Saturday, February 28, 2009

This Just In: Berkshire Equity Portfolio Back to its Cost Basis


The 2008 Chairman’s Letter from Warren Buffett is in, and while it contains much of what you’d expect—a self-confession or two, that old Mae West “Snow White” joke, one humorous new aphorism (“beware of geeks bearing formulas”) and a metaphor that associates derivatives with social diseases, not to mention a sober assessment of the world economy, one no-punches-pulled prediction on inflation, as well as plenty of cheerleading for Berkshire’s managers and businesses—the biggest shocker in the letter is not actually highlighted, or even mentioned, by Buffett.

The shocker is this: Berkshire Hathaway’s portfolio of equities—the stocks such as Coke and P&G and Washington Post that Warren Buffett himself, the “Oracle of Omaha,” famously purchased over the years at bargain prices—appears, as of yesterday’s market close, to be worth not much more than Buffett's cost.

That’s right.

Based on the year-end portfolio presented in the letter (and it has changed only modestly over time, but now excludes two stocks, Burlington Northern and Moody’s, in which Berkshire owns 20% and must report its holdings under the equity method,) Berkshire’s entire equity portfolio, which had a $37 billion cost basis and a $49 billion market value at year-end 2008, was, as of yesterday’s market close, worth only about $37 billion.

Now, we know what you’re thinking: you’re thinking, “Warren doesn’t mind, so why should we?”

Indeed, Buffett doesn’t mind—he says so in this year’s letter, on page 5:

Additionally, the market value of the bonds and stocks that we continue to hold suffered a significant decline along with the general market. This does not bother Charlie and me.

Indeed, we enjoy such price declines if we have funds available to increase our positions. Long ago, Ben Graham taught me that “Price is what you pay; value is what you get.” Whether we’re talking about socks or stocks, I like buying quality merchandise when it is marked down.

Yet Buffett also disclosed what might go down as the second most surprising disclosure in today’s letter: he had to sell some of Berkshire's stocks to make those headline-grabbing investments in GE, Goldman Sachs and Wrigley:

To fund these large purchases [GE, Goldman and Wrigley], I had to sell portions of some holdings that I would have preferred to keep (primarily Johnson & Johnson, Procter & Gamble and ConocoPhillips).

No, to answer the obvious question, we’re not suggesting Buffett’s portfolio is any worse off than anybody else’s.


Yet the fact is, the value of Berkshire’s equity portfolio is not only of enormous economic importance to Berkshire Hathaway and its shareholders, but to investors around the world who watch what Warren does and frequently imitate his moves.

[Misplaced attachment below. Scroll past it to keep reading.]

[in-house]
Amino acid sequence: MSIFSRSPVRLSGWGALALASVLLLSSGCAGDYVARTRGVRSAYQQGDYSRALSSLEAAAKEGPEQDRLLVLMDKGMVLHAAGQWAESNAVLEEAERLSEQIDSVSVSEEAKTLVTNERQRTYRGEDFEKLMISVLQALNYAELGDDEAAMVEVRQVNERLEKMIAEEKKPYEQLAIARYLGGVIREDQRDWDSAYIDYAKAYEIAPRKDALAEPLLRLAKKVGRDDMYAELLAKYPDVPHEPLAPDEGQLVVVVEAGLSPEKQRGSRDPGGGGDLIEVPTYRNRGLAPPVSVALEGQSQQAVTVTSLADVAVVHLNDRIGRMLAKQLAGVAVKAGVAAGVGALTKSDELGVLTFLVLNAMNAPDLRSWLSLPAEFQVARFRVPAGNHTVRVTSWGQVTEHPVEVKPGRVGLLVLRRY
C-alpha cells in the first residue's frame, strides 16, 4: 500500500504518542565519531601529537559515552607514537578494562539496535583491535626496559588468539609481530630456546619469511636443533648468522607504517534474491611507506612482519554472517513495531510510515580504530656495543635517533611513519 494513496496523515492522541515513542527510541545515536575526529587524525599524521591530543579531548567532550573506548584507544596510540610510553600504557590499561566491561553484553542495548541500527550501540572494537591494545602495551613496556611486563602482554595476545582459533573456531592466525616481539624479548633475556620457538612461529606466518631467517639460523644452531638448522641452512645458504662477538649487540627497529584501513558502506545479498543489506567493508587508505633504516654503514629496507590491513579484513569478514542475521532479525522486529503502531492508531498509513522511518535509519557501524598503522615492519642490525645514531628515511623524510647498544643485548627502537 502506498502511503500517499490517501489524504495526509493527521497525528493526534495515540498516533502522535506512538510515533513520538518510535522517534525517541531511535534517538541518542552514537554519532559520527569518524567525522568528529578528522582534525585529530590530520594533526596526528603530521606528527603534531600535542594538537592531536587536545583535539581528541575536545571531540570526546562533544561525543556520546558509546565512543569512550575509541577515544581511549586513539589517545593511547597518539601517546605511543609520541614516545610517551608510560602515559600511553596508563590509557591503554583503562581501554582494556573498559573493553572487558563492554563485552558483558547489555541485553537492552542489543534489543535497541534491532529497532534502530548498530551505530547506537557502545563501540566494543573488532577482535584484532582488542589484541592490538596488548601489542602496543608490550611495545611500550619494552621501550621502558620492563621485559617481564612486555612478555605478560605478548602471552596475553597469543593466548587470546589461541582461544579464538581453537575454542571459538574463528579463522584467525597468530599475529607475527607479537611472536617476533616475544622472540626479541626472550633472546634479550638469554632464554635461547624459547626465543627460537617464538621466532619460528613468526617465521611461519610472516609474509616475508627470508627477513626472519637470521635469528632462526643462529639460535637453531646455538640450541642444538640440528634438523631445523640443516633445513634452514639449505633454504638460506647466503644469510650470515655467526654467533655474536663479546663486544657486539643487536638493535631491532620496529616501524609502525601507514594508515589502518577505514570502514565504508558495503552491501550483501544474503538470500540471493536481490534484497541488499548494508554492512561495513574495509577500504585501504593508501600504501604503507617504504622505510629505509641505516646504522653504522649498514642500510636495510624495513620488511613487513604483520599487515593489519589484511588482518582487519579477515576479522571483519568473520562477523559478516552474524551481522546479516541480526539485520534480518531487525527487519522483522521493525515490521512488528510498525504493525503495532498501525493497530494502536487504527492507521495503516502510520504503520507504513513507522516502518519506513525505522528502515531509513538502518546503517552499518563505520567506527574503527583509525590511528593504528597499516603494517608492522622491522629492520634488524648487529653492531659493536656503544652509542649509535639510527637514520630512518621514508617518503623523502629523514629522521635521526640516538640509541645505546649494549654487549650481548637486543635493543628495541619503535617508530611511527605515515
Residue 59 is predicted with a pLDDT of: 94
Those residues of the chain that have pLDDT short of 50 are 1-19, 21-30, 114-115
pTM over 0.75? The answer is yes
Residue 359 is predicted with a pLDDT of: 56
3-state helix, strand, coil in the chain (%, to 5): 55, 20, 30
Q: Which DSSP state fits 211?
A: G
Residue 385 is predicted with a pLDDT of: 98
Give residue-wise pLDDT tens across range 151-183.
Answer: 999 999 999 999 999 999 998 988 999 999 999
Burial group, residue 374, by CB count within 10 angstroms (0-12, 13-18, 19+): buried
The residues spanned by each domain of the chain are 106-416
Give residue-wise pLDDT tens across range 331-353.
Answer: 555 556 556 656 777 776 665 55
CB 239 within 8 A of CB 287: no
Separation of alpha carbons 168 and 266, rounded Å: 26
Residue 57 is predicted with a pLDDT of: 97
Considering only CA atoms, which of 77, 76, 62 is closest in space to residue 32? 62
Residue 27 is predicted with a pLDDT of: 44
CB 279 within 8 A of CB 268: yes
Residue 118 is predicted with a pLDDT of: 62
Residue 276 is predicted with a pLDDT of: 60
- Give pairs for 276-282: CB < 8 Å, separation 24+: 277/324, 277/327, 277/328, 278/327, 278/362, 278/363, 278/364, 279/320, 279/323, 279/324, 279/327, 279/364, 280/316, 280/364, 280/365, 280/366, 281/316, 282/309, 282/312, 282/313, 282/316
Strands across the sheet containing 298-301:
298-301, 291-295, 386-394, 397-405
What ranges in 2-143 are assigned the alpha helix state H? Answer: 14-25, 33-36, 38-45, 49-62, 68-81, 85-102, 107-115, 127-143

And the fact that it appears to be right back to its cost basis—after decades of not—is startling.

Now, the calculation itself is fairly straightforward. Since year-end Berkshire’s equity portfolio has suffered losses of close to $1 billion or more in American Express, Conoco-Phillips, P&G, and USB, if the computers here at NotMakingThisUp are correct.


And while some of those losses are certainly temporary, the hits to his financial holdings look more permanent—as does the whopping $5 billion decline in Berkshire's 7% stake in Wells Fargo thus far in 2009.

Virtually every other named holding in Berkshire’s portfolio—including Coke, Tesco, Swiss Re, and even poor old Washington Post—is also down year-to-date.

Consequently, if our math is correct, Berkshire’s equity portfolio stands at roughly $37 billion as of yesterday's market close, dead even with its $37.1 billion reported cost basis at year-end 2008.

(For comparison’s sake, at the end of 2007, Berkshire’s equity portfolio had a $35 billion unrealized gain.)

As a modest shareholder in Berkshire Hathaway, we’re rooting for the current, jaw-dropping state of affairs in Berkshire’s equity portfolio to revert to the mean—i.e. back to fat profits.

Nevertheless, if anyone had doubts how bad it is out there (Buffett himself writes in today’s letter, “We’re certain, for example, that the economy will be in shambles throughout 2009 – and, for that matter, probably well beyond”) look no further than the Berkshire portfolio.


As for what may be the least surprising aspect of Warren Buffett’s letter to shareholders—we think it is that Buffett himself acknowledged what we wrote in “Pilgrimage to Warren Buffett’s Omaha,” page 208, in a chapter called “What Would Warren Do?”

Far from being a “forum for business discussion,” as Buffett wrote [when describing the virtue of attending Berkshire’s shareholder meetings], not a single shareholder has even asked about the business.